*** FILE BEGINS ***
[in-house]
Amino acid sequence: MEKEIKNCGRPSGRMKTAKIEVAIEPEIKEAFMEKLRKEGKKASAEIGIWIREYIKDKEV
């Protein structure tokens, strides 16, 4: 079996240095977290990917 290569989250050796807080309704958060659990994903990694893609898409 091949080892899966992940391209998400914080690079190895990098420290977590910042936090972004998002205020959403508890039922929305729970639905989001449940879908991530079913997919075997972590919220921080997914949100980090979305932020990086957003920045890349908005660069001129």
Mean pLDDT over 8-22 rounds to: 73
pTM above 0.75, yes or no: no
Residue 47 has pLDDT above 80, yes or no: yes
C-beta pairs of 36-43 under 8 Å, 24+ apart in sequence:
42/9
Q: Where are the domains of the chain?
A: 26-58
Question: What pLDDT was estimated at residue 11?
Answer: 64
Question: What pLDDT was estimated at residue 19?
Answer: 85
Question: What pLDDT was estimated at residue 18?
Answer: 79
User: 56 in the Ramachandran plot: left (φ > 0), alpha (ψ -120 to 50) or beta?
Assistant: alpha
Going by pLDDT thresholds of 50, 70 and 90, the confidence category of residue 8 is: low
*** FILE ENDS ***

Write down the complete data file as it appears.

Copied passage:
[in-house]
Amino acid sequence: MEKEIKNCGRPSGRMKTAKIEVAIEPEIKEAFMEKLRKEGKKASAEIGIWIREYIKDKEV
């Protein structure tokens, strides 16, 4: 079996240095977290990917 290569989250050796807080309704958060659990994903990694893609898409 091949080892899966992940391209998400914080690079190895990098420290977590910042936090972004998002205020959403508890039922929305729970639905989001449940879908991530079913997919075997972590919220921080997914949100980090979305932020990086957003920045890349908005660069001129």
Mean pLDDT over 8-22 rounds to: 73
pTM above 0.75, yes or no: no
Residue 47 has pLDDT above 80, yes or no: yes
C-beta pairs of 36-43 under 8 Å, 24+ apart in sequence:
42/9
Q: Where are the domains of the chain?
A: 26-58
Question: What pLDDT was estimated at residue 11?
Answer: 64
Question: What pLDDT was estimated at residue 19?
Answer: 85
Question: What pLDDT was estimated at residue 18?
Answer: 79
User: 56 in the Ramachandran plot: left (φ > 0), alpha (ψ -120 to 50) or beta?
Assistant: alpha
Going by pLDDT thresholds of 50, 70 and 90, the confidence category of residue 8 is: low